Carolyn Hax: Parents of their son’s friend are ducking invitations


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Dear Carolyn: Our 11-year-old son often asks to spend time with a friend and classmate who lives on our block. But that friend’s parents can be, at best, confusing and, at worst, frustrating. They often “miss” text messages and seem better at returning messages that directly benefit them. We’ve extended a lot of grace to them, a busy family that includes a front-line worker and elderly relatives living close by.

We’ve run out of ideas and reasons as to why it’s so hard. We’ve tried: texting to see their availability for a spontaneous gathering, texting to plan ahead, arranging small get-togethers via email, expressing how much we value their friendship, making it clear their son is welcome here any time, and sending our its down there to ask to hang out in person. We frequently get silence from them. They rarely initiate a playdate with us (but not never), though I hear about their son seeing other friends, so we know this is possible. They will sometimes attend the larger, multifamily kid group events, but sometimes not. They often don’t respond to these larger events either, so we’ve assumed it isn’t about us, they’re just busy, stressed, etc. They just replied yes to a group text about an outing, then promptly ignored my individual text that came right after, about getting our two kids together.

If this were just about the adults, we’d have divested ourselves long ago. But this is about our child. What do we say to our son to explain what he probably hasn’t picked up on, but we’re assuming is happening — that this family does not prioritize this friendship? And how do we let go of our hurt feelings for our son and for ourselves?

— Triggered From My Own Adolescence

Triggered From My Own Adolescence: The signature is the thing: You’re processing this as an adolescent who feels it all. Your son needs you to be an adult, able to detach from it and observe — and to wait calmly underneath as a soft place to land.

You do recognize your own vulnerability, which is a good start. But that only helps if you put your insight to work by removing yourself from the middle. Stop texting this family directly to set up one-on-one gatherings spontaneous, planned, or small.

It’s also time to think more objectively. They are busy and preoccupied, I think you’ve read that correctly. They opt in and out of the social whirl as they can. (And for that reason, keep them in your group texts and plans as always.)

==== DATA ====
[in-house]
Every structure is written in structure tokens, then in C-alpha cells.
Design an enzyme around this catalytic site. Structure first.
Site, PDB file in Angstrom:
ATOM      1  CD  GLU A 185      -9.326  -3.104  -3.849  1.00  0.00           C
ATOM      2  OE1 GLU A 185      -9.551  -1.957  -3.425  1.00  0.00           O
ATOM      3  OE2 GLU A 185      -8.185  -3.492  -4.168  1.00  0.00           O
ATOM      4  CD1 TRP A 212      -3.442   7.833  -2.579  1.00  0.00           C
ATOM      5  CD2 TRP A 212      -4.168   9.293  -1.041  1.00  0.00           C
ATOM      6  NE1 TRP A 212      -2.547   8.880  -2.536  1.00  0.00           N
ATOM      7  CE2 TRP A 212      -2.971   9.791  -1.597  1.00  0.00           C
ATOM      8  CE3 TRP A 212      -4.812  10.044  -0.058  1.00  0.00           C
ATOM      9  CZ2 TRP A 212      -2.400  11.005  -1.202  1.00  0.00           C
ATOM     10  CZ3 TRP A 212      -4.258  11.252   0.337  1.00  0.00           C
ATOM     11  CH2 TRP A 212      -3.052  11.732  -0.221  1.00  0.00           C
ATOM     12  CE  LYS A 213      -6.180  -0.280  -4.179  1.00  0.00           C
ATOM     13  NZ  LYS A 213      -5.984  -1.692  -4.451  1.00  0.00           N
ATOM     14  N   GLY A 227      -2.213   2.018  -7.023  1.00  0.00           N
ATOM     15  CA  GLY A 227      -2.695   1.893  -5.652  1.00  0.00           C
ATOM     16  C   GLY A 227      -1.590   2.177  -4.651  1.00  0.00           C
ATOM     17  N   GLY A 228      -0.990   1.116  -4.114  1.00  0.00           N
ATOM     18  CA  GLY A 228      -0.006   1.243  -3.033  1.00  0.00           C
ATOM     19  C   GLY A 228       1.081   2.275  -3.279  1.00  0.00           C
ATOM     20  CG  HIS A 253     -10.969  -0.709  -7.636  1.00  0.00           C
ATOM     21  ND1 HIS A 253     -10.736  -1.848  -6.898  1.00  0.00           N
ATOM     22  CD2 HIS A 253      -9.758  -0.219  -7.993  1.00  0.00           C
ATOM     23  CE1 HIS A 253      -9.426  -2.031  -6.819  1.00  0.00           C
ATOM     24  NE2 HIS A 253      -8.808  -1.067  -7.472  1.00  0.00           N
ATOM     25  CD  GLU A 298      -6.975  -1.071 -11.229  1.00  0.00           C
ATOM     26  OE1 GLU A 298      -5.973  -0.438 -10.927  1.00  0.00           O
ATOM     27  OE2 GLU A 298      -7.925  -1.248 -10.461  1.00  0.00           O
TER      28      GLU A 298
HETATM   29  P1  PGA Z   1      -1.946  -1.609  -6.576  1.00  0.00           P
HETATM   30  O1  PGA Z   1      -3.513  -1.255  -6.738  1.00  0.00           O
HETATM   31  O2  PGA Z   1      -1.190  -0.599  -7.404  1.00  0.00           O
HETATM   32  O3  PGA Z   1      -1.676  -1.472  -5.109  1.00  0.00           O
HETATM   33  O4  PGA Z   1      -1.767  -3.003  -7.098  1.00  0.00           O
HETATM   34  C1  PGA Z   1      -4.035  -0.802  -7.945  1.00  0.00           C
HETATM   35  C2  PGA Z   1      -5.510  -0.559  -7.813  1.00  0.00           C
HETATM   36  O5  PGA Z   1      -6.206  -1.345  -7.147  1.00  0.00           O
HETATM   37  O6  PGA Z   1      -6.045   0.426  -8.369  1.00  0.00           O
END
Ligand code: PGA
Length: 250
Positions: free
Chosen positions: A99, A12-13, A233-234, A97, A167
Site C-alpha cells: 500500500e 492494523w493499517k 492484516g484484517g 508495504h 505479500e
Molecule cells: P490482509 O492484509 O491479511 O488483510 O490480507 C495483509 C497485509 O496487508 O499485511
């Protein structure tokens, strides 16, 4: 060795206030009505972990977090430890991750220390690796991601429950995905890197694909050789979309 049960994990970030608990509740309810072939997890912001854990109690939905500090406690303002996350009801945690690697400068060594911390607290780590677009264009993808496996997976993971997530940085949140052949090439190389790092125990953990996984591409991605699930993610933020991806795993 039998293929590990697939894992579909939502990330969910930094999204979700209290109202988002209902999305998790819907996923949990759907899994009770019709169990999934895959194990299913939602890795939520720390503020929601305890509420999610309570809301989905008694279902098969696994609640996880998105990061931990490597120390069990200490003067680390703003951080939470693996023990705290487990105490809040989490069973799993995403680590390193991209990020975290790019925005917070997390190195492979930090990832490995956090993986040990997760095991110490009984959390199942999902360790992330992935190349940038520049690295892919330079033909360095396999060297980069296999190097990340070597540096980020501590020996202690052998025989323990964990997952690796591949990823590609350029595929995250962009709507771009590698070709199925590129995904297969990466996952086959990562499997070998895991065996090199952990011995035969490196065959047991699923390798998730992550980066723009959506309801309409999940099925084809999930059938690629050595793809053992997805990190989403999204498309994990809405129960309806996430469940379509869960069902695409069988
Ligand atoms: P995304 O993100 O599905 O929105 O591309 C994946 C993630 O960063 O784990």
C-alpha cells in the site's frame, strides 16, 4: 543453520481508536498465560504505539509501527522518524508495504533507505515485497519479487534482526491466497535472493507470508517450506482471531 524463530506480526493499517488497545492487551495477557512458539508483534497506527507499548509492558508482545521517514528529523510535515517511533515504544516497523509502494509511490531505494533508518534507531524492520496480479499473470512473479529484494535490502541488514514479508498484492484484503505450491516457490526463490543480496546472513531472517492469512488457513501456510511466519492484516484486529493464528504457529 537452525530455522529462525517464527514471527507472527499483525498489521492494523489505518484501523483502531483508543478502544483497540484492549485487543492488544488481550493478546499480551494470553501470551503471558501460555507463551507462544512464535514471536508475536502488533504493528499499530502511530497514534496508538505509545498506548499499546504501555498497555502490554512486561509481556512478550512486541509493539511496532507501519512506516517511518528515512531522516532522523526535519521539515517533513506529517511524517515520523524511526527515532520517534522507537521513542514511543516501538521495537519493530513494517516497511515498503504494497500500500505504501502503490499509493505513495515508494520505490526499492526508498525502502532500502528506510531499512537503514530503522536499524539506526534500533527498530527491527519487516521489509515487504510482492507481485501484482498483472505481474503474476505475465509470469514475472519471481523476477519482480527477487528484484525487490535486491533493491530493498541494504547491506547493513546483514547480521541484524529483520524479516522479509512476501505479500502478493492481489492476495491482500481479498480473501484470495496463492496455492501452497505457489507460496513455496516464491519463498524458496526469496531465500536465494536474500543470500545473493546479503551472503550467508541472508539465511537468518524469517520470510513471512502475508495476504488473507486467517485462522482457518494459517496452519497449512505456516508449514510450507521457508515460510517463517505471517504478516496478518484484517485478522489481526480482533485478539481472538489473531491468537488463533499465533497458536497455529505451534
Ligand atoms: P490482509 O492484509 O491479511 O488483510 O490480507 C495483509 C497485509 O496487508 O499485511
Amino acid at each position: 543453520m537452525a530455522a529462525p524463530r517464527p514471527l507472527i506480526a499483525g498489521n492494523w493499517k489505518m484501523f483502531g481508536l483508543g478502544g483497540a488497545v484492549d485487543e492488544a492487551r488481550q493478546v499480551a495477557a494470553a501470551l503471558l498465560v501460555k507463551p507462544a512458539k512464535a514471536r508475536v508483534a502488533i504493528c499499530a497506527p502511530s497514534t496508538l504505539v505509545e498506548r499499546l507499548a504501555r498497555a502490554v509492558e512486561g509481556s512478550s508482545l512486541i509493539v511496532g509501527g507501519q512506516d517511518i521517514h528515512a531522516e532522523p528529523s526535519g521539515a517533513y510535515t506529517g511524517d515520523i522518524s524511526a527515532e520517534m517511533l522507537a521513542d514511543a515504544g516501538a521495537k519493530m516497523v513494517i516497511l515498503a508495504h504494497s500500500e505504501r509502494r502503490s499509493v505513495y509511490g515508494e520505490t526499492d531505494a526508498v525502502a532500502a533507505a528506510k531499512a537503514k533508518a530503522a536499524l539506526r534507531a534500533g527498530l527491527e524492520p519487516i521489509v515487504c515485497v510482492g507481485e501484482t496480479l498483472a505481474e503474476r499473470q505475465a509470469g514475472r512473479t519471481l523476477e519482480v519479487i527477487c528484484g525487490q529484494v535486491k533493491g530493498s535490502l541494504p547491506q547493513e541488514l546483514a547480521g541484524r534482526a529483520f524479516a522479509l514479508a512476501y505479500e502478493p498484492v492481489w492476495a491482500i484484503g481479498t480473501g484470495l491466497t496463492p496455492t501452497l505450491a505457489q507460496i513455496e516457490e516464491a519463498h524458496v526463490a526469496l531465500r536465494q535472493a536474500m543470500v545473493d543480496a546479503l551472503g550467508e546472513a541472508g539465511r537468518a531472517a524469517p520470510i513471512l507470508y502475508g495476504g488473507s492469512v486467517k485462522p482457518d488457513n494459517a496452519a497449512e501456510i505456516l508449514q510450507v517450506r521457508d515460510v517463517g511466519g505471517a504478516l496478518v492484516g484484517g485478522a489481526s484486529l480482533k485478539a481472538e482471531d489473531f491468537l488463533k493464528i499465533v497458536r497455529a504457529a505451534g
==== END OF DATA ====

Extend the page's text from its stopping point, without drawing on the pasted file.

But they are also not interested in getting your two kids together one-on-one, and they have tried to tell you this as plainly as appropriate — as plainly as adults looking out for two tender neighboring 11-year-old hearts likely feel they can afford to.

It’s tough for the kids, tough for you — and also tough for these other parents. It is. No one with a soul ever wants to turn a child away. But people of all ages get to choose their own companions, so sometimes turning a child away is exactly what adults must do. And refusing to accept your neighbors’ message — because you love your son and don’t want to have to accept it and, ugh, it feels like a never-ending middle school flashback — is only making things harder for him and for everyone else .

You’re saying it’s not “just” about the adults — but it’s not about them period. It’s entirely about the kids.

Therefore, it’s not that “this family does not prioritize this friendship.” Their son is not showing mutual interest.

It’s the oldest, plainest, least confusing reason there is, when you’re ready to see it.

It’s also not the end of the emotional world. With friendships just as with dating, schools, jobs, sports, roles and, really, everything, there isn’t always a match. Even the best lives have to absorb rejection.

To equip your children to manage these difficult but unavoidable blows, all the parents involved can model civility, compassion and perspective as you otherwise allow the kids’ relationship to run its course. It’s from you they’ll learn how life goes on.

From what you describe, I suspect the other parents will be careful and discreet partners in this without your having to say a word. Because that seems to be what they’ve done all along.

For you this means, in addition to not trying anymore to get the two boys together, responding to your son with sympathy and encouragement when his efforts go unreturned. For the small letdowns, maybe, “I’m sorry he said no. Want to make other plans?” And for the dawning of a larger truth, “It is so hard, I’m sorry.” And: “It just happens sometimes, to everyone, though that’s probably not helpful right now.” In other words: It’s the absolute worst, till it’s better — the comfort and perspective you would have wanted at that age, maybe?

No one wants their kid’s feelings to be hurt, or for a kid to reach adulthood without knowing how to manage hurt feelings. Your son’s guide through this paradox is you.

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